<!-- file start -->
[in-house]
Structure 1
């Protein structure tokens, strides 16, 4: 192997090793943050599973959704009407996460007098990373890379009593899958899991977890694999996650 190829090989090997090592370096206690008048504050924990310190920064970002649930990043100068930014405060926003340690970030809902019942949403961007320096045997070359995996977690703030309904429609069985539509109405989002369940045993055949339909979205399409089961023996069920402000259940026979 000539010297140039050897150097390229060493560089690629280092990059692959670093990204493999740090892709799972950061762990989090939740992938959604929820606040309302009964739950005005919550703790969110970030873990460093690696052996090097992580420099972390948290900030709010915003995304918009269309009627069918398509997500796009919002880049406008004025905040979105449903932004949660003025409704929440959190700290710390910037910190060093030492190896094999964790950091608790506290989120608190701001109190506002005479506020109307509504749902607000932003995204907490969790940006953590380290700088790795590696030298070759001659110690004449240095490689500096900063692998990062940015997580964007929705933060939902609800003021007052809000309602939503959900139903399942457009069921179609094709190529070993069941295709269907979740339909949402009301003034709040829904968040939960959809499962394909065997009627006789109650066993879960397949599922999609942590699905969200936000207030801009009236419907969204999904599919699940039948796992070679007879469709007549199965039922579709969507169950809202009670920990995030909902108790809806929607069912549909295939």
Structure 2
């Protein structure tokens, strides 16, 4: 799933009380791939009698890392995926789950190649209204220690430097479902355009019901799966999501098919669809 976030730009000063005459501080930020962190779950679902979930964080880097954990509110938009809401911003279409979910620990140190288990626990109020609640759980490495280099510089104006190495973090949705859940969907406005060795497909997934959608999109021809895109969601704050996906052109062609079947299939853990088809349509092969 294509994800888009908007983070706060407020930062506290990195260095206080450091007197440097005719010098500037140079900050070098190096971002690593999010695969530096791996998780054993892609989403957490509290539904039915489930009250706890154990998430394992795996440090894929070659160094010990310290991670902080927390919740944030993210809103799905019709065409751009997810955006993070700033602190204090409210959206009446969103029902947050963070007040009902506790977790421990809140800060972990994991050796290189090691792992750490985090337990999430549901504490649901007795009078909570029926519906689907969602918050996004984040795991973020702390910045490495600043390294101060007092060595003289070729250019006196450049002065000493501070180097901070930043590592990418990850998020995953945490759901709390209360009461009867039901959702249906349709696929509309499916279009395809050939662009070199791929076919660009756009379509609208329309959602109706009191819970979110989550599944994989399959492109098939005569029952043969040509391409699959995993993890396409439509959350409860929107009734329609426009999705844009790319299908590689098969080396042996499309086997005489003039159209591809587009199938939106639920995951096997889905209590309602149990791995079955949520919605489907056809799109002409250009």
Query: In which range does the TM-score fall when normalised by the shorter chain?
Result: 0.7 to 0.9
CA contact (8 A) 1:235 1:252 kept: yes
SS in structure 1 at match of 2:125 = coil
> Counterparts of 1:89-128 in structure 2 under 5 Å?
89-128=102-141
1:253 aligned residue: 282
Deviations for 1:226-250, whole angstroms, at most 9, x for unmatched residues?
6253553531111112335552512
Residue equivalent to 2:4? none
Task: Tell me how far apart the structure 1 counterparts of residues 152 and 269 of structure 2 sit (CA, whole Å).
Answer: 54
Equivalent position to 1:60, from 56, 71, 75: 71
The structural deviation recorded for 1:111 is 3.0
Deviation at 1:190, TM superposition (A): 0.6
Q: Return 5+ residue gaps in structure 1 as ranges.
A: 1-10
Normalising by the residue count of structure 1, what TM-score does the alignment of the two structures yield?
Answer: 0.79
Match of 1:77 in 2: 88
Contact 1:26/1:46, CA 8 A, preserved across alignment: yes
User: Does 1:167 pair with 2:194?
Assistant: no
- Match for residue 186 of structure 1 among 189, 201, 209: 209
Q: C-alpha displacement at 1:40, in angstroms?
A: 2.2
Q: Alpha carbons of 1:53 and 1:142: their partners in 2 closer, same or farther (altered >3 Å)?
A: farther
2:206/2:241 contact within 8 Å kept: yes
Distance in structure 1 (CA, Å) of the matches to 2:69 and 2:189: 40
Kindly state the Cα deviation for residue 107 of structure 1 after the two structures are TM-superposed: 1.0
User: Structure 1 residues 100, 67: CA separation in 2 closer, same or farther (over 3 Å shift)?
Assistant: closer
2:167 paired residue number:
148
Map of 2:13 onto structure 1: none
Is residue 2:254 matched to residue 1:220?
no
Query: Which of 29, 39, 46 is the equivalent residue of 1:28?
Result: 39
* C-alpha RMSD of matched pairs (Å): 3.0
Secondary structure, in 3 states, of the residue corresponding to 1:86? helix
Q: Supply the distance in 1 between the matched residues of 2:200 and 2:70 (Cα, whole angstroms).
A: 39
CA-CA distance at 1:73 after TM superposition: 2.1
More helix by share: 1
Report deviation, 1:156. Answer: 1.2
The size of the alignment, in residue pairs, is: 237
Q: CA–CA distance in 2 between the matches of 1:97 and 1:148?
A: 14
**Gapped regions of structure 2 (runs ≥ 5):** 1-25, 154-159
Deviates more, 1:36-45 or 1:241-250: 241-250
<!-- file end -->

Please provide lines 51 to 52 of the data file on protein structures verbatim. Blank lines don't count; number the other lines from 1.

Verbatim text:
More helix by share: 1
Report deviation, 1:156. Answer: 1.2